Saving Silverman (2001)

Say what you will about this film, it is funny.

Trouble and laughs come in spades when clueless losers Wayne (Steve Zahn) and J.D. (Jack Black) conspire to prevent their best buddy, hapless sad-sack Darren (Jason Biggs), from marrying shrewish Judith (Amanda Peet). Wayne and J.D. will stop at nothing to “save” their friend, including setting him up with long-lost love — and soon-to-be nun — Sandy (Amanda Detmer).

Now I have seen this film about 10 times since I was in 5th grade, and I can’t lie this film hasn’t changed as much for me.

Yeah, the film does have its obvious plot holes. Like why after six months are these living with each other?, and why are things happening the way they are? The plot holes are there and I can see they did a lot of this stuff just to move the story on, but its not like I really cared. There are some weak spots where the jokes from when I was 11 got different for me as I got older, but I didn’t care as much since I still laugh.

The jokes in this movie are funny, and also wildly random, but random in a good way. I foudn the jokes added on a lot more comedy in a raunchier way than trying to be smart and going over their heads. And, believe it or not, when these guys talked, I felt like I knew who they were because many of my friends talk exactly like them, even me sometimes.

The cast is very funny and all are up for good sport. Biggs is his usual Woody Allen awkward dude, Zahn is great as usual with his hilarious physical comedy as well as great deliverance with his lines. But the best here is Jack Black who is funny once again as the lovable loser who we all love and know him for. R. Lee Ermy had me laughing almost every time he was on-screen, and Amanda Peet, ehhhh, she’s not that bad. Even when they brought out Neil Diamond I couldn’t stop laughing cause although he can’t act he is still a good sport doing a riff on his own character.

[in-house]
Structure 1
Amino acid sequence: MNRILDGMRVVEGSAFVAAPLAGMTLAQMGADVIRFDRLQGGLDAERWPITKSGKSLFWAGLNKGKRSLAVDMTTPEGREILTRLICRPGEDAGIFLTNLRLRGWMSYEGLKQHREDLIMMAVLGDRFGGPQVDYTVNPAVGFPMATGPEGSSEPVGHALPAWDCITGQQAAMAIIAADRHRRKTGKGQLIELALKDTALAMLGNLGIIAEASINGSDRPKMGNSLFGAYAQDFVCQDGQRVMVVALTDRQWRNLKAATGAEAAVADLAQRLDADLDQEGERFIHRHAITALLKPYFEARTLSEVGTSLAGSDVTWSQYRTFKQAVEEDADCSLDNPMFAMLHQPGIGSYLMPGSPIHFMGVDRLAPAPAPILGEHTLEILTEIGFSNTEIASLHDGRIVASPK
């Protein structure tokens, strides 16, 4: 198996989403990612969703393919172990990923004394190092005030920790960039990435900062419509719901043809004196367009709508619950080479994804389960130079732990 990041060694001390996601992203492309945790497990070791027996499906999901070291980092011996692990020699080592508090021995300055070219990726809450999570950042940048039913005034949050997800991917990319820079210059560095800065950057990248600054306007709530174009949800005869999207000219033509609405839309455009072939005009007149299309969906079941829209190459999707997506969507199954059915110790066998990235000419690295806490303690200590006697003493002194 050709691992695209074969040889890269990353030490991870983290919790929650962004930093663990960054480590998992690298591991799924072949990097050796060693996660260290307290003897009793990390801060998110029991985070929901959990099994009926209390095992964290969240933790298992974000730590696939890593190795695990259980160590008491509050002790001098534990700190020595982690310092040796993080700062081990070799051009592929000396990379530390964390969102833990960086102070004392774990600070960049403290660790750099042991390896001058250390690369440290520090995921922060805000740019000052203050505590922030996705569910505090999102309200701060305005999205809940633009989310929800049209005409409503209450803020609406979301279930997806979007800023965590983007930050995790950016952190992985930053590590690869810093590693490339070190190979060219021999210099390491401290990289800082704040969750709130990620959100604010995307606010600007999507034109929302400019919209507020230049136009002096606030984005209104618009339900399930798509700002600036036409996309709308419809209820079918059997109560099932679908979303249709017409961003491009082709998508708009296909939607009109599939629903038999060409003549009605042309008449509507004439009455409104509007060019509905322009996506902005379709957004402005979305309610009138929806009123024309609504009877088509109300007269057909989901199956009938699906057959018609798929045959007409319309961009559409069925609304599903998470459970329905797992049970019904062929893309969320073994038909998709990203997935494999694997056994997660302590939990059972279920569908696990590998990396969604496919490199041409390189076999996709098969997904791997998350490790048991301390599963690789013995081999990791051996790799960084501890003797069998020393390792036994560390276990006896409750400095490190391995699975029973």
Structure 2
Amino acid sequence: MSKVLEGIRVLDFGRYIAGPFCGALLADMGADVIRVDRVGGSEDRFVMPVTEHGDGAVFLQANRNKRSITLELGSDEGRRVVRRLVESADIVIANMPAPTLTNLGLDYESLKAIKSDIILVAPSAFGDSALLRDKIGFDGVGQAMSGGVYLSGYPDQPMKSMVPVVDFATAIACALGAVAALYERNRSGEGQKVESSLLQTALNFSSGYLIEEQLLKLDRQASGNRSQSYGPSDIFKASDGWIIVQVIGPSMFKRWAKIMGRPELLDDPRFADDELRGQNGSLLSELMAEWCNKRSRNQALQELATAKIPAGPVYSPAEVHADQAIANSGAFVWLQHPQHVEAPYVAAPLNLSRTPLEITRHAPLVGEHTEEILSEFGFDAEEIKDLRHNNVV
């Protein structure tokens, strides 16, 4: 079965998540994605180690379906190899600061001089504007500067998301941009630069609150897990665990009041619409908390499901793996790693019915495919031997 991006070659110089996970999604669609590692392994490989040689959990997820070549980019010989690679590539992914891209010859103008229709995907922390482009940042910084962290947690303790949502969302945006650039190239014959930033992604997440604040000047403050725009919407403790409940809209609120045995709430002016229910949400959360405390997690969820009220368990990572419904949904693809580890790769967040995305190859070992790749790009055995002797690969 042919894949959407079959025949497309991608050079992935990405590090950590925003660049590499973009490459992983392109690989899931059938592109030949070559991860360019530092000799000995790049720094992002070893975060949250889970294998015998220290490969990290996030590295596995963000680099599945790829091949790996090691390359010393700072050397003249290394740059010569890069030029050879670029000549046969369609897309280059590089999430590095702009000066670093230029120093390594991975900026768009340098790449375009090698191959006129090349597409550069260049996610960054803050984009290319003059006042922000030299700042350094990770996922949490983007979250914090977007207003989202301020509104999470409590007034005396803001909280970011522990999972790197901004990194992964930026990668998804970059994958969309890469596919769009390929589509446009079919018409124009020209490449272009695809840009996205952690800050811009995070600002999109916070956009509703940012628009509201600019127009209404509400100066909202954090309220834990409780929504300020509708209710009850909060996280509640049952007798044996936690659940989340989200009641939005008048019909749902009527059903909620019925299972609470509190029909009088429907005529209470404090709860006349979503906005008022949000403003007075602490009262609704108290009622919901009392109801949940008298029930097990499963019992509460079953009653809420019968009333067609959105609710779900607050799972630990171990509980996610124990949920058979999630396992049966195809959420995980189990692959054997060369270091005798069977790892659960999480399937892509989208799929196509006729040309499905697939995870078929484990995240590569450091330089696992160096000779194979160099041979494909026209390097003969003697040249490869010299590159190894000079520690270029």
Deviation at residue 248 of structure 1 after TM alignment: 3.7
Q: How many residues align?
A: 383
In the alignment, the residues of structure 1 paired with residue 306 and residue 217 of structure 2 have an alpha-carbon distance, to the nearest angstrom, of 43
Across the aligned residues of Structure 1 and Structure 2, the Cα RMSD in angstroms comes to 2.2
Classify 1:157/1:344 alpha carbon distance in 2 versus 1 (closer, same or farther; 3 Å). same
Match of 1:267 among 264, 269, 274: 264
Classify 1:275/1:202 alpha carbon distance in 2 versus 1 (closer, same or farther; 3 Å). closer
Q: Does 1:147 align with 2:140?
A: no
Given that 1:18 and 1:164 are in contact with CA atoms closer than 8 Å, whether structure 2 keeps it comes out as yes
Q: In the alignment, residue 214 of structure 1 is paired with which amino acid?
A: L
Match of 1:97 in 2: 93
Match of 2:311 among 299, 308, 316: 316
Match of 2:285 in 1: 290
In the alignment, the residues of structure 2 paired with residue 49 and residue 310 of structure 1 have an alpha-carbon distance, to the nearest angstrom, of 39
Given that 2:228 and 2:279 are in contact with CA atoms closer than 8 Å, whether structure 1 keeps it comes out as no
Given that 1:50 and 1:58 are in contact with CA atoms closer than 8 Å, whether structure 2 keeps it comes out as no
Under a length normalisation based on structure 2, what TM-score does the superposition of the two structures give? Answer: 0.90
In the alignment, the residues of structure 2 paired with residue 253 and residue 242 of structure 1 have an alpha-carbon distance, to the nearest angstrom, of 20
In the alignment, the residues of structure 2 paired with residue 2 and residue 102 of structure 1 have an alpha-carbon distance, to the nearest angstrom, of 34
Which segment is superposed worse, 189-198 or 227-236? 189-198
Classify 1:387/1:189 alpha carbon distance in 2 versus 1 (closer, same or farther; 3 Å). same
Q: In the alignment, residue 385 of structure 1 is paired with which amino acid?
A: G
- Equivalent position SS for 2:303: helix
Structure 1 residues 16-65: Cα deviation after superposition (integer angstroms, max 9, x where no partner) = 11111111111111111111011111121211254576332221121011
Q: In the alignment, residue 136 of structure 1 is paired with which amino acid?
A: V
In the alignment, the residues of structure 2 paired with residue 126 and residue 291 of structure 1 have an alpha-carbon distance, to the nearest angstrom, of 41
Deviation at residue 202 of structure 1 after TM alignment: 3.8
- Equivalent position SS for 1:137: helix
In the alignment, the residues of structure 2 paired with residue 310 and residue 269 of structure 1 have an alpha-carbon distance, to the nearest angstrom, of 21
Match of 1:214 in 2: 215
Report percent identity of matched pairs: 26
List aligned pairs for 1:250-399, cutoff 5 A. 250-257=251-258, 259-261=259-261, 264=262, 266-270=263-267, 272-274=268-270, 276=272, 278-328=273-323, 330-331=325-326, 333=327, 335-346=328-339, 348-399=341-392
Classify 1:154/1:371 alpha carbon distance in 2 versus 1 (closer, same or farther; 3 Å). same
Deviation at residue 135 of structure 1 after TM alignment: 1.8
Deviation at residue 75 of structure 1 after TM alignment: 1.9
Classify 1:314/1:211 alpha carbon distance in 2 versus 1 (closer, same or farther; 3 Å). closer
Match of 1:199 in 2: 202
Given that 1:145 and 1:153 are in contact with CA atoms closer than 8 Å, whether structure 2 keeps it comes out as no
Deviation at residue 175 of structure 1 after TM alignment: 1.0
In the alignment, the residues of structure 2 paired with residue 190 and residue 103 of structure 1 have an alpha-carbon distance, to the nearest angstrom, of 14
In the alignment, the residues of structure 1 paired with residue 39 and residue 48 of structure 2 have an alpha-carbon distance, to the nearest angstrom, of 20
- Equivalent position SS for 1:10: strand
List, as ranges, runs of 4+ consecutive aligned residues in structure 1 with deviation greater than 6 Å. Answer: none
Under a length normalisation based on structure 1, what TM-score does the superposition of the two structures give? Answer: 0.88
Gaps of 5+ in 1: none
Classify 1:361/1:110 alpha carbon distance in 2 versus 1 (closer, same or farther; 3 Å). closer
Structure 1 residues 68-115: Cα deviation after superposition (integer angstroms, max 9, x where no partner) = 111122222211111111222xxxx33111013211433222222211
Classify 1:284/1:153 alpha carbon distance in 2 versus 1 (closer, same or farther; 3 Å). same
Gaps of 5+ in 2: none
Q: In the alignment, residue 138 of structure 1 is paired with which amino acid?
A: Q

Consensus: Saving Silverman ha sits obvious dry spots and plot holes, but to me its still is funny as it was back in 5th grade, with clever jokes, and good comedic performances. Hey, we all have our own guilty pleasures.



  1. […] At the inner core of this film is really its performances. Ben Affleck gives one of his best dramatic performances, playing the kind of deauchy character were so used to seeing him as, but this time it works to his advantage, because we actually can sympathize with him when we need to. Samuel L. Jackson, is even better, playing this tragic character, that in every scene we can feel the anger, and rage within him, and when he snaps, oh we do know he means business. There are other notable supporters in this film such as Richard Jenkins, Sydney Pollack, William Hurt, and Toni Collette. But surprisingly the best of the supporters that has a very emotional and touching scene is Amanda Peet, who comes from out of nowhere and provides us with a true, and utterly brutal scene about love. Always still think her best is Saving Silverman. […]

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